We have already posted this TED talk, but we believe it is worth doing it again, as it perfectly builds upon our last post.
"Young people today have lots of experience and lots of familiarity with interacting with new technologies, but a lot less so of creating with new technologies and expressing themselves with new technologies. It's almost as if they can read but not write with new technologies."
Mitch Resnick, Director of the Lifelong Kindergarten program and LEGO Papert Professor of Learning Research at MIT Media Lab, dedicates his research focus to helping kids of all ages tinker and experiment with design. He and his team develop new interfaces to help students engage with technology, in a way that encourages them to create and experiment the way we did in kindergarten with paint. Some of Resnick's projects include Scratch, which helps young users learn to code, and the Computer Clubhouse, an international network of creative afterschool programs for underpriveleged students. In this TED presentation he outlines the benefits of teaching kids to code, so they can do more than just “read” new technologies — but also create them.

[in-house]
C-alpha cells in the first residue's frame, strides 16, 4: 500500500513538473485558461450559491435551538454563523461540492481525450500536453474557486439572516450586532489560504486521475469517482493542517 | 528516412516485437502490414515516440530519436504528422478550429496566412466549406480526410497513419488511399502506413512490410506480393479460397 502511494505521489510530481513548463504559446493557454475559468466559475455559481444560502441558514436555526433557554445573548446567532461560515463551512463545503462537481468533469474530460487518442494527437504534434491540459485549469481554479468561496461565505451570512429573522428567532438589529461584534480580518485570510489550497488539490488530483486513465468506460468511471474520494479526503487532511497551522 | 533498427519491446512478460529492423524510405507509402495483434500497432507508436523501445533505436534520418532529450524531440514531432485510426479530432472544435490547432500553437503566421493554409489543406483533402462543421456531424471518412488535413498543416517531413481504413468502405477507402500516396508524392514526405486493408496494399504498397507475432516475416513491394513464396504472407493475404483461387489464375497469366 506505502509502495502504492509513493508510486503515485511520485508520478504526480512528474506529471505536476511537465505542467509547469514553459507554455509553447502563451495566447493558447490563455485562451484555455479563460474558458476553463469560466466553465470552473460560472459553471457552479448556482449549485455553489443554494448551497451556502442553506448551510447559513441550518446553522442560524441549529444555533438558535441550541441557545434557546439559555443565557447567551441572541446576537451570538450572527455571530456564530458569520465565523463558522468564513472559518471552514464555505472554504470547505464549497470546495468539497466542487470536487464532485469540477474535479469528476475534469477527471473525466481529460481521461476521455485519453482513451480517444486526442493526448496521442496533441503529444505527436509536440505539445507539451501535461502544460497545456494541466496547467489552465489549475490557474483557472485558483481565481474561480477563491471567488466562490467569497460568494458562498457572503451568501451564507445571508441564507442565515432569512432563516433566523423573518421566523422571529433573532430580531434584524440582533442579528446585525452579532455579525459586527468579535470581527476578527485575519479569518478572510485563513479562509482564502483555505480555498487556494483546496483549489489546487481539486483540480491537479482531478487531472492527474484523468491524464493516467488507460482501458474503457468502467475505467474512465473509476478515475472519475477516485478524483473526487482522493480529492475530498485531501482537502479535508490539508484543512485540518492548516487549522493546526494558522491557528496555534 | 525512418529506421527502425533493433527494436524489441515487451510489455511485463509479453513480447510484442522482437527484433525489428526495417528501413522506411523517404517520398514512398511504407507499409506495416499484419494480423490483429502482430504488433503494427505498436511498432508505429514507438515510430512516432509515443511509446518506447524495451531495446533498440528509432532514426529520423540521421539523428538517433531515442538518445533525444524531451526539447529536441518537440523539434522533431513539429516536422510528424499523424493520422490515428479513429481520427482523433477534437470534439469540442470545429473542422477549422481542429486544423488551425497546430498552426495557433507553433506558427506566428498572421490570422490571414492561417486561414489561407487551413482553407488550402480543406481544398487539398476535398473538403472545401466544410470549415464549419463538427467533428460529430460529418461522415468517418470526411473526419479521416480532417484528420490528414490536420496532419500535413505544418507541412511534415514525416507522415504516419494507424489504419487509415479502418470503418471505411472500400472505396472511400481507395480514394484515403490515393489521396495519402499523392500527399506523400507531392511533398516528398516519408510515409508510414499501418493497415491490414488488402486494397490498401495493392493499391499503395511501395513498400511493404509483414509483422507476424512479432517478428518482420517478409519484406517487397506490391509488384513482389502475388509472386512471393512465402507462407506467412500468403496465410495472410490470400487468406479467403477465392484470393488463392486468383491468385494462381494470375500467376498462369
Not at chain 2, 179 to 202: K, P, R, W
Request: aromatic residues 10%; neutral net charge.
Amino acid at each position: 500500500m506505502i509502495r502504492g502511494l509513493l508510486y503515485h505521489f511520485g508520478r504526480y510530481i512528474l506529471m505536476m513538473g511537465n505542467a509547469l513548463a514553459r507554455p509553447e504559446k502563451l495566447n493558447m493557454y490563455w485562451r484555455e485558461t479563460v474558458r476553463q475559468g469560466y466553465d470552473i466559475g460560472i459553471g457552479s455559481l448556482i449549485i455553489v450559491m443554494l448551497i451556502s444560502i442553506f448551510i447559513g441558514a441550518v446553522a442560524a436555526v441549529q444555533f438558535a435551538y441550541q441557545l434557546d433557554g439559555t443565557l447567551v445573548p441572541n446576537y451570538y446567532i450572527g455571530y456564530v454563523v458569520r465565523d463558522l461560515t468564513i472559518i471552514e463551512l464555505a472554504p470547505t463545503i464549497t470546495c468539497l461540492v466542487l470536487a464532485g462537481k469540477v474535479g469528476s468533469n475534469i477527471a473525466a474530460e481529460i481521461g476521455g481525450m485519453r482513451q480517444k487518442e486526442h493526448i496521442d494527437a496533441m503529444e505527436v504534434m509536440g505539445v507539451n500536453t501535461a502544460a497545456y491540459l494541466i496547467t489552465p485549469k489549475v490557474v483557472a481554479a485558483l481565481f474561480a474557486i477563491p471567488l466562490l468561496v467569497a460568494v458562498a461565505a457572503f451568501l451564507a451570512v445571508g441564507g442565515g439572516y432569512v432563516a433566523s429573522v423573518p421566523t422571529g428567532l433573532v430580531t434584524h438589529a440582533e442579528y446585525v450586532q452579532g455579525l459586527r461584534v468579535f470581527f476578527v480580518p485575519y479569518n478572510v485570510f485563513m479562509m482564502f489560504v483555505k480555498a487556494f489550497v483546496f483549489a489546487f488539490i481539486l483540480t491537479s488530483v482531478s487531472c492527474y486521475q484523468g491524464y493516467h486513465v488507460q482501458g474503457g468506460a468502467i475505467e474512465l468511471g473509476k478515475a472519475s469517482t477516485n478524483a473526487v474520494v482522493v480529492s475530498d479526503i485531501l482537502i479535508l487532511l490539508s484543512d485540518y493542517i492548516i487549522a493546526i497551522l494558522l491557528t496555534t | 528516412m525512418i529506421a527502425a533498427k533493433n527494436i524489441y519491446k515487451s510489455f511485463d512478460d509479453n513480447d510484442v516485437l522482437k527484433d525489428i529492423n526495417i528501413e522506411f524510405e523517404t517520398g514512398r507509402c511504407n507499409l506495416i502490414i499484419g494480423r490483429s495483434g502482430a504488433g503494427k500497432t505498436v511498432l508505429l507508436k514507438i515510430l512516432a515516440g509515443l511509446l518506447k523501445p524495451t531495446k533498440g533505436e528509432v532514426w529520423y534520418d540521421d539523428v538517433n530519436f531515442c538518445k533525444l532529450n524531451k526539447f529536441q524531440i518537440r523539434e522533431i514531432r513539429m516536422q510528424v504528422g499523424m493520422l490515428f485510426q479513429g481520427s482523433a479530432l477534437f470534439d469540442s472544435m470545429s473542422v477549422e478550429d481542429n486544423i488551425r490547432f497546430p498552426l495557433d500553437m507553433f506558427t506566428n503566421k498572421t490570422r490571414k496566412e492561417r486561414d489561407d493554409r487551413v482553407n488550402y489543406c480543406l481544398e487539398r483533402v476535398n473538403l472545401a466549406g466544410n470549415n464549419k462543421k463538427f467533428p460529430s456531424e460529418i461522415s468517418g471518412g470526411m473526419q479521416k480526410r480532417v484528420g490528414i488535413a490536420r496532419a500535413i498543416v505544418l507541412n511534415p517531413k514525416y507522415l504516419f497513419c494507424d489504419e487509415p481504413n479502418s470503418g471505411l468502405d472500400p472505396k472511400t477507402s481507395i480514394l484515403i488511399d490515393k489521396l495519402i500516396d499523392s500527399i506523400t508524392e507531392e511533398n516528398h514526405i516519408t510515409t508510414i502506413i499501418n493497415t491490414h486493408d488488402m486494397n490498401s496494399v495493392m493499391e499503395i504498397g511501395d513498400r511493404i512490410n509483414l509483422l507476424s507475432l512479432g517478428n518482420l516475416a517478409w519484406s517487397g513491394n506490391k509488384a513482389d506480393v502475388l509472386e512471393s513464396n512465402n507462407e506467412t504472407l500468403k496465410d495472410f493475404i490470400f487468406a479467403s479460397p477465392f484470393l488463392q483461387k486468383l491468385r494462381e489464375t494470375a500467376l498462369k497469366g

When we first enter primary school, we spend our days creating, painting, building, experimenting creatively with form and shape. But what happens after that first year? Why doesn't the creativity continue?
-- Go to Rethinking Learning in the Digital Age blog post
-- Read Learn to Code, Code to Learn
-- Read Kids coding at school: 'When you learn computing, you're thinking about thinking'